Doctor : Nurse
Computer programmer : homemaker
What connection did you make between these two analogies? Even if just for a split second, these analogies strike most of the masses to assign doctor and programmer to a male role, while nurse and homemaker are assigned to a female one- unless you have surpassed all societal norms and reached a true level of #wokeness. Props to you if so. But, the sad truth is that these biases are ingrained in society, and our brains’ eagerness to draw conclusions from what is laid before us cause most of us fall to victim to these sexist classifications. And guess what- that means it’s causing artificial intelligence to as well.
Of course, the past decade or so has seen a huge surge in feminist campaigns and immense progress is being made. Alas, there still is always so much more to be done. Given in the tech industry itself there are enormous disparities between males and their female counterparts, it almost seems to follow that there will be some biases in the algorithms being created in Silicon Valley and beyond. Take, for example, how for every dollar a male founder makes in the tech industry, his female counterpart is making 30 cents (a gap much larger than the national gender wage gap). Or, how in the big-name companies, like Facebook, Apple and Google, there still is a 3:1 male to female employee ratio. And we can’t forget the classic study that found men are 70% more likely to get money from the same sales pitch that a woman makes. Surely, I could go on for days, but all of these inequalities in the world seep their way into what is imagined to be an entirely unbiased thing: MATH!!
But how could math be biased? The numbers don’t lie, right? How can artificial intelligence be biased, unless the programmers are intentionally making their creations sexist, racist or partial in some other sense? It’s called bad data. As put by the colead of the Ethical AI Team at Google, Timnit Gebru, “data is generated by society.” When society is biased, then the data is bad. The examples of disparities between men and women I gave above may give a sense into why AI is learning biases. While machine learning has revolutionized technology, these miraculous systems still need a basis from which they perform their mathematical magic. In a nutshell, these algorithms learn from initial training data, that is input by humans, and form generalizations from this data and apply it to novel, unseen inputs. So, if Amazon uses an AI system trained on 10 years’ worth of applications, a majority of which are from men, it’s going to teach itself that men are better candidates (because the majority of the hires will have been men), and more men are going to be called in for interviews. And yes, this actually happened.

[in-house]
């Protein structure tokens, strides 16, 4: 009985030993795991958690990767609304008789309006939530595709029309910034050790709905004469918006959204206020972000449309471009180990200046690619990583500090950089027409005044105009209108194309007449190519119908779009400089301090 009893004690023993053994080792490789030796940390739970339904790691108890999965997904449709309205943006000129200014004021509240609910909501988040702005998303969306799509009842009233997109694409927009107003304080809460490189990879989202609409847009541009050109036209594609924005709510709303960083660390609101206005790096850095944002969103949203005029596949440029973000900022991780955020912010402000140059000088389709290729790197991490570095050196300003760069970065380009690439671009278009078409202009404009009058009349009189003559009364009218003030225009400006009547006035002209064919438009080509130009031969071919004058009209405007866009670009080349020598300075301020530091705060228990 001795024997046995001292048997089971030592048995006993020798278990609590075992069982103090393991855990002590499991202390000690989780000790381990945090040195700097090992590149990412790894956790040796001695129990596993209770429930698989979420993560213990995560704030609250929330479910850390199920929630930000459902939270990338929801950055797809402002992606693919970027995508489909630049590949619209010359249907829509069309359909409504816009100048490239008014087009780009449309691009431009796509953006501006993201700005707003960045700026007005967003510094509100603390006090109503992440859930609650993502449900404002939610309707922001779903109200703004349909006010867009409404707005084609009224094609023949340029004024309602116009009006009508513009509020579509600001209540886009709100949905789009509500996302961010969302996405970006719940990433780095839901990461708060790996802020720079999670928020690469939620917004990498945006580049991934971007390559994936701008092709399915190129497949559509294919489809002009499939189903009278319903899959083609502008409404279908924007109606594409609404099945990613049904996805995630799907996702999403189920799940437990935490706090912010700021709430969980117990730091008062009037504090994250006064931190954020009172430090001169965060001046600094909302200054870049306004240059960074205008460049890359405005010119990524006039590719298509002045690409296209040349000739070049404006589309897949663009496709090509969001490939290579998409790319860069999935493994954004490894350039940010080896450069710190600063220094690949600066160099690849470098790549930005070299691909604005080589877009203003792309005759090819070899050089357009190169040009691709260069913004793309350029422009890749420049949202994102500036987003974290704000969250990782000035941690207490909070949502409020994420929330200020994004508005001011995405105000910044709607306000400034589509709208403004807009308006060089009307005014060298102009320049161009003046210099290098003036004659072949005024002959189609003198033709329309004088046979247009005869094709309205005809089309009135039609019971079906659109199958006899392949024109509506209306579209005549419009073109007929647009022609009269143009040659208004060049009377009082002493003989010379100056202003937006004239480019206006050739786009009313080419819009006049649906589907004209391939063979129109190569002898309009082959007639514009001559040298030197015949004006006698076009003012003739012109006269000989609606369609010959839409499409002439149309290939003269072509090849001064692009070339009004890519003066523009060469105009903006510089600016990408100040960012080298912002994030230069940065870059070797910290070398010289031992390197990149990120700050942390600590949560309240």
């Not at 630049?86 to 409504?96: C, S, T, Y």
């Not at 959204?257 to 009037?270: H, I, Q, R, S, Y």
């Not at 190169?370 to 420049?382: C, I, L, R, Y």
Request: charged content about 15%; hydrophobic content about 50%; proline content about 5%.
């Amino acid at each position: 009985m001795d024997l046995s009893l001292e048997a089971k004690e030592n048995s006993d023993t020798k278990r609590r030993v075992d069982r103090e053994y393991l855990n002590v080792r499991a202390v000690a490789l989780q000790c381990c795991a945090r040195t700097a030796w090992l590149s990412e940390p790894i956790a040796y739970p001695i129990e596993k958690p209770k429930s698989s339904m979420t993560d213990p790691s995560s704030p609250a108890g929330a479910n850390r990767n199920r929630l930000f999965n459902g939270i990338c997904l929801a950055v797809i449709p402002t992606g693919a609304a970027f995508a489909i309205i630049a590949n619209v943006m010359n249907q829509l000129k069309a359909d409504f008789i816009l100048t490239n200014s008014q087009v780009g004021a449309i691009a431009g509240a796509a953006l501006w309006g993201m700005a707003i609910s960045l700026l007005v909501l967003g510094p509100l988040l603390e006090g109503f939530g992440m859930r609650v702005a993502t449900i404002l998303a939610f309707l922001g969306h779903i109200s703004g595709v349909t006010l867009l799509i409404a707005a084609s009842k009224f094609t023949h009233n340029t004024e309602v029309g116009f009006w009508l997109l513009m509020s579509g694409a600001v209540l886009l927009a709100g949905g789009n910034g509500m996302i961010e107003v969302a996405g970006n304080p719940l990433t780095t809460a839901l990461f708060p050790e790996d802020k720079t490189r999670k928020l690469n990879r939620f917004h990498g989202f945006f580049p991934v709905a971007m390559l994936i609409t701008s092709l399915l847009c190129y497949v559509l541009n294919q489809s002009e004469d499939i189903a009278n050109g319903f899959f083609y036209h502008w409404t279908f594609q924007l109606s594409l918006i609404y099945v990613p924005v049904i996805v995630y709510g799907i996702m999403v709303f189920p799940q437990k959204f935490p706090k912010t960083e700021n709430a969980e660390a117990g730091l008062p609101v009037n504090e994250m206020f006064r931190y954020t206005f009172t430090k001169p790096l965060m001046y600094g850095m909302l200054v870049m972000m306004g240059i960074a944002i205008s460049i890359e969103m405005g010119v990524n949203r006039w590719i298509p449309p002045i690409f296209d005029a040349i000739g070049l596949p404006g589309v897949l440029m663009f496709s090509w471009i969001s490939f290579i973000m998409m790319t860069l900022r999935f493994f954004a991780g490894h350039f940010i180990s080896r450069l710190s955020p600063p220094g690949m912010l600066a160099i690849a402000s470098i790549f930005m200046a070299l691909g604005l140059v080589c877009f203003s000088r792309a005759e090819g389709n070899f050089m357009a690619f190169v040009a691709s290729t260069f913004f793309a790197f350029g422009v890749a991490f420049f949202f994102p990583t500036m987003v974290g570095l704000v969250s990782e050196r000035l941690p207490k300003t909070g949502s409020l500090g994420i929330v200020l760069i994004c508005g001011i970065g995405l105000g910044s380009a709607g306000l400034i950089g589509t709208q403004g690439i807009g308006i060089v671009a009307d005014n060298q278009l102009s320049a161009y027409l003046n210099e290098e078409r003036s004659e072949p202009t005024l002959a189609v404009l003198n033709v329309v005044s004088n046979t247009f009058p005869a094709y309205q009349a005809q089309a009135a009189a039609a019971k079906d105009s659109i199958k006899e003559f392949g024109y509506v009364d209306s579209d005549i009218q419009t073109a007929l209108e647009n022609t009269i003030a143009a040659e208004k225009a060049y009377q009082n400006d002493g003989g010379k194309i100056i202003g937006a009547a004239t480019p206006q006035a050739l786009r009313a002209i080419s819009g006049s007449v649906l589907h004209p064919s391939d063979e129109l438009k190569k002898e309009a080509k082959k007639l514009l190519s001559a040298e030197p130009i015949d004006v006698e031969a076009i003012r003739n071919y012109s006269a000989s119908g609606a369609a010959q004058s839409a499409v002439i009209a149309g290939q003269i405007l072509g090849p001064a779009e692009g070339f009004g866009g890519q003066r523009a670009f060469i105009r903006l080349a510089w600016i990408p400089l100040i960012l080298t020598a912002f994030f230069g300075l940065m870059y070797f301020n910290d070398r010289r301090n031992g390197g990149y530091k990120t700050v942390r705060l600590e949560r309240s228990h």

So how do we stop these biases? More and more research is being dedicated into investigating how to eliminate biases from AI. Which, when you think about it, is a pretty astonishing task: it means teaching these systems to ignore the bias in the world. Can humans even do this? Can we even look past the biases so ingrained in our society? Maybe your response to the analogies at the beginning of this blog give you an answer. Vulnerable groups are in AI’s potential line of fire. But, thanks to cohorts at companies like IBM, Accenture and more, there is work being done to combat these issues. Psychologists are working with programmers to study cognitive mechanisms humans use to look past biases, so that these processes can be modeled in AI.
Women and other marginalized groups shouldn’t be afraid of AI, however. It’s a relatively new part of our modern world, and computer scientists and humanitarians alike are working together to make sure that it’s helping society more than it’s harming it. In fact, many groups are making headway with eliminating biases from math in AI with, in fact, more math. Algorithms are being constructed to counteract the generalizations that other-wise impartial systems may learn from biased data. There is light at the end of the tunnel! And what we can do is not be afraid of the advancement of our technology, and help contribute to the “good” data! After all, no matter how perfect an equation is, an imperfect world will still push it to wrong conclusions.
-Daniela Torres, Sophomore Student at Johns Hopkins University